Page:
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Title: Manufacturing, testing, modelling and fractography of thermoplastic composites for the automotive industry
Author: Mohsin, Muhammad
ISNI:       0000 0004 7659 1652
Awarding Body: Imperial College London
Current Institution: Imperial College London
Date of Award: 2019
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Considerable advances in mechanical properties have been achieved in thermoplastic composites in the aerospace industry and several high-performance vehicles in the auto-motive industry. However today, original equipment manufacturers (OEMs) are seeking to implement this technology on a wider scale. By establishing a materials database, with the help of computer-aided engineering (CAE), virtual prototyping will be optimised. In this way, processing times could be shortened, and production volume could be increased. The study aims to characterise high-performance non-crimp fabric (NCF) of carbon fibre rein-forced thermoplastic (CFRTP) composites for the UK automotive industry. This work presents the characterisation of a range of in-plane and out-of-plane mechan-ical properties of two NCF CFRTP systems, (i) T700 carbon/polyamide 6.6 (PA6.6) and (ii) T700 carbon/polyphenylene sulphide (PPS), discusses their behaviour in those loading conditions and compares them with equivalent thermosetting counterparts. This includes original experimental observations which is complemented by novel numerical and ana-lytical work. In this way, the automotive industry would receive invaluable information re-garding the basic mechanical properties of thermoplastic composites and be able to make informed decision on whether these two CFRTP systems could provide alternative material solutions to their ongoing design and manufacturing process. The mechanical properties measured through experimental observations comprised of tensile, compressive, in-plane shear, mode I and mode II interlaminar fracture toughness and translaminar fracture toughness. Further laboratory work includes the characterisation of the materials' dynamic behaviour under tension using Split Hopkinson bar, low-velocity impact (LVI) and high-velocity impact (HVI). ii Numerical models using energy-based finite element formulation have been developed for predicting the mechanical response of the thermoplastic systems under; (i) compact ten-sion (CT), (ii) low-velocity impact (LVI) and (iii) high-velocity impact (HVI). The finite element (FE) models developed using LS-DYNA® have been calibrated and validated against the experimental data gathered throughout the study. In summary, the thesis discusses the potential of two CFRTP material systems being used for automotive applications with respect to their performance and behaviour in a range of loading conditions described above. Additionally, the work also reports on the effects of through-thickness stitching in NCF composites as well as the influence of the stitching material. In short, the novelty of this thesis with respect to the two biaxial NCF CFRTP material sys-tems includes; the measurement of their mode I and mode II interlaminar fracture tough-ness, the development of a bespoke compact tension (CT) sample and the measurement of their intralaminar/translaminar fracture toughness, the analysis of their dynamic tensile behaviour using split pressure Hopkinson bar (at varying strain rates) and experimental and numerical analysis of their LVI and HVI behaviour.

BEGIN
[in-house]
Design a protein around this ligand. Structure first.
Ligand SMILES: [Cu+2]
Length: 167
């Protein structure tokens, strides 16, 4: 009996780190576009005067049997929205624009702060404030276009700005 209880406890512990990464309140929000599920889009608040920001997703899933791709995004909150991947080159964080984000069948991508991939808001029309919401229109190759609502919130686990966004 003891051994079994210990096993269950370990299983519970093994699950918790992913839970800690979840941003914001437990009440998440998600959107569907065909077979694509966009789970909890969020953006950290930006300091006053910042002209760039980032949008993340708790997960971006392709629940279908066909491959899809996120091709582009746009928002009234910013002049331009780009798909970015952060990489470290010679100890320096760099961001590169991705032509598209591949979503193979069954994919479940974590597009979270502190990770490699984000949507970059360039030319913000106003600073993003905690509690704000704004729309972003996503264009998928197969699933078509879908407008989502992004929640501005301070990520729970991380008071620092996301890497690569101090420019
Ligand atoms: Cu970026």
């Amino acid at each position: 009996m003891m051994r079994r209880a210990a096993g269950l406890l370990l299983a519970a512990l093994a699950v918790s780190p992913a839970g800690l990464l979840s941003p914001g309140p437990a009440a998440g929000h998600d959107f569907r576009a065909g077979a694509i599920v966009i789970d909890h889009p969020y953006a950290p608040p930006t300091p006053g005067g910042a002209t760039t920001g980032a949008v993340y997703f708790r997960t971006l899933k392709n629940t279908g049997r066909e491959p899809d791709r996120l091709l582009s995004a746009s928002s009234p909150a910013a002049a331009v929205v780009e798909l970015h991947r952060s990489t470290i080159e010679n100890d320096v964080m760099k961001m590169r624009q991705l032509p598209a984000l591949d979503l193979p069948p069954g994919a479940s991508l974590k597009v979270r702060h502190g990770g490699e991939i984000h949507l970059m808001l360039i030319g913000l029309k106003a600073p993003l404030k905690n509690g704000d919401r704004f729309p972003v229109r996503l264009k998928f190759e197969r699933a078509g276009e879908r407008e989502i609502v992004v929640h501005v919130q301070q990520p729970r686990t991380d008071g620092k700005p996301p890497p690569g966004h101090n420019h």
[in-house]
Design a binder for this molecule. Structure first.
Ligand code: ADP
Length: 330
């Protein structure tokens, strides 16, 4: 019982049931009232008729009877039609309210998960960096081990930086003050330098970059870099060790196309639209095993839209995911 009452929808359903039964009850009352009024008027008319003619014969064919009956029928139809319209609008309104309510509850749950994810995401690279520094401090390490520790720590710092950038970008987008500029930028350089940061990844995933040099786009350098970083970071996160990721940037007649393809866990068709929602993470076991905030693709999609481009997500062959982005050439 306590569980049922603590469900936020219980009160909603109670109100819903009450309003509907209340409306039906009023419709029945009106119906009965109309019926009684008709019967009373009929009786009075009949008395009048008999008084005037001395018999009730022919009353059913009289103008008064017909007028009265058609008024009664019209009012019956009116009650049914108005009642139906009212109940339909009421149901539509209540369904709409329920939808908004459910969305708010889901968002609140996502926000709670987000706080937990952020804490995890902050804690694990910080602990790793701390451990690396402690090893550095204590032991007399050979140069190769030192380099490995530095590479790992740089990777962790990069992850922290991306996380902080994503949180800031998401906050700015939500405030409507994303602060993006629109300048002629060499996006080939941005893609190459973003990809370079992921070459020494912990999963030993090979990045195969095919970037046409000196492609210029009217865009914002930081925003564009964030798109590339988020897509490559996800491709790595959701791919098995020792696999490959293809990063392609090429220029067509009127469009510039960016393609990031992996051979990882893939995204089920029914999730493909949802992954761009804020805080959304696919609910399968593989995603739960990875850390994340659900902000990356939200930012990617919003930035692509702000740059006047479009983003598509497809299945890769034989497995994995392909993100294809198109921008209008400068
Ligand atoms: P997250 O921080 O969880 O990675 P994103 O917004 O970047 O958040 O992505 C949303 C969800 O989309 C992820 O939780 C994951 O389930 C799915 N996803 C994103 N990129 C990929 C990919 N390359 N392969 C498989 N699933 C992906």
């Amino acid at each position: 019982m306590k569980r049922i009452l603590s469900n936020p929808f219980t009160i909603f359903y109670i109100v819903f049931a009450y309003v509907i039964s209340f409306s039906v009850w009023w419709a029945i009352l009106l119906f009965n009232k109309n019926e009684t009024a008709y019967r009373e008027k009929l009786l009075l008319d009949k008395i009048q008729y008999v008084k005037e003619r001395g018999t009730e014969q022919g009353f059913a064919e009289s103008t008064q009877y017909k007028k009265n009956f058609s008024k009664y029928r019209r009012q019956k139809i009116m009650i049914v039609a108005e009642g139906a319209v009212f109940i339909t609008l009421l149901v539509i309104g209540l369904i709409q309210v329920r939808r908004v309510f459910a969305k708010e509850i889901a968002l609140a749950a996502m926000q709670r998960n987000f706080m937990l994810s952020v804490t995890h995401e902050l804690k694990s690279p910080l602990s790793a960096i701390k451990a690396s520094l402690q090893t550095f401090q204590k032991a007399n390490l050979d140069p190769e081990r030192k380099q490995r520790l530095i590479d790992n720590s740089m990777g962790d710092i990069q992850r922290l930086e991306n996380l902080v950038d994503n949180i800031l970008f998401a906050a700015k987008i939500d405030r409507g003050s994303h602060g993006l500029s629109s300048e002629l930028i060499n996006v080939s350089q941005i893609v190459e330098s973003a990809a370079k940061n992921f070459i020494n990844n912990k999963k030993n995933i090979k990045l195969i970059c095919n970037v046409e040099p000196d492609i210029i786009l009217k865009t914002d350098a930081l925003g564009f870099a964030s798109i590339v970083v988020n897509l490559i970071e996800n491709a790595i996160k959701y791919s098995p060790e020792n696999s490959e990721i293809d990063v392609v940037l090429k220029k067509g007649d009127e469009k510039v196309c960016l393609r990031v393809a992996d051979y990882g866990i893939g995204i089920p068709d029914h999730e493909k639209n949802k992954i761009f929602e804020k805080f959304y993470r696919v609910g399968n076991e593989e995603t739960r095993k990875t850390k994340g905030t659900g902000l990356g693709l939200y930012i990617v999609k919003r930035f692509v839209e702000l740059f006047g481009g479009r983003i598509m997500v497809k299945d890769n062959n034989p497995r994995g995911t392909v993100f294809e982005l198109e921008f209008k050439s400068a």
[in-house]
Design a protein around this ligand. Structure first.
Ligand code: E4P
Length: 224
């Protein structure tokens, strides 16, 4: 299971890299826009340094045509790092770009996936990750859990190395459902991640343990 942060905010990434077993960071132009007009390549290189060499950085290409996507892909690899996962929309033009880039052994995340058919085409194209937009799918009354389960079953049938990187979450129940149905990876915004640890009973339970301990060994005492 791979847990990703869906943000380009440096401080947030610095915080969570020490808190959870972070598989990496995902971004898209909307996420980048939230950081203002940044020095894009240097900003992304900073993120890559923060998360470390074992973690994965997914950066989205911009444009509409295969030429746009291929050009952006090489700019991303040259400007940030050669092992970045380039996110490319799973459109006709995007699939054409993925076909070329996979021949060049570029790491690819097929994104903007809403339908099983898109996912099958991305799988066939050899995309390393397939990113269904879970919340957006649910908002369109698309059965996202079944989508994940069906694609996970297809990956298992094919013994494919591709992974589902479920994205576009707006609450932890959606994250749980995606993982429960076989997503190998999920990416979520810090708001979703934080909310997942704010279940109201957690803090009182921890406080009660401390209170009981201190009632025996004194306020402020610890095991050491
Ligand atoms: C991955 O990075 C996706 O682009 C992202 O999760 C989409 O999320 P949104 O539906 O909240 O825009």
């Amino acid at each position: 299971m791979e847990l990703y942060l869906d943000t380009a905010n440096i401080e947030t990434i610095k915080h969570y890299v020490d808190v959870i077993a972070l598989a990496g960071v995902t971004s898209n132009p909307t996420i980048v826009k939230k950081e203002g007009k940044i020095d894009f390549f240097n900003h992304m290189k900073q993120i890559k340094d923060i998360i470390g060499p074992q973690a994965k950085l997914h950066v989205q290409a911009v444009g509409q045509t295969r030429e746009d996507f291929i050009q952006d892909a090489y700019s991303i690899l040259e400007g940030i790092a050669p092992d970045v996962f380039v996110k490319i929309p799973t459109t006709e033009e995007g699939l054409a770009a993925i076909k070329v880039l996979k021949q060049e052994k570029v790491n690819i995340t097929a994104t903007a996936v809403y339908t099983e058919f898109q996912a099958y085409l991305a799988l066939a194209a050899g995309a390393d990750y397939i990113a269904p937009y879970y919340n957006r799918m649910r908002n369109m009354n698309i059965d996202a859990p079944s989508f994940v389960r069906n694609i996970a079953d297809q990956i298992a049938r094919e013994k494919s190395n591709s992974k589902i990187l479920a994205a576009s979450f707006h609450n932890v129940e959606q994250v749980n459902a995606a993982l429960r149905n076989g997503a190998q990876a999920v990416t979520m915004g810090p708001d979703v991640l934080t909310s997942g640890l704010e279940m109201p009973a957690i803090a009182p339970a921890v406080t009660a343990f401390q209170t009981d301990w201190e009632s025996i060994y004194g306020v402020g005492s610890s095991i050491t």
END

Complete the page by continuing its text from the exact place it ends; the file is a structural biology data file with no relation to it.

Supervisor: Iannucci, Lorenzo ; Greenhalgh, Emile Sponsor: Majlis Amanah Rakyat ; UK-DATACOMP ; UK-THERMOCOMP
Qualification Name: Thesis (Ph.D.) Qualification Level: Doctoral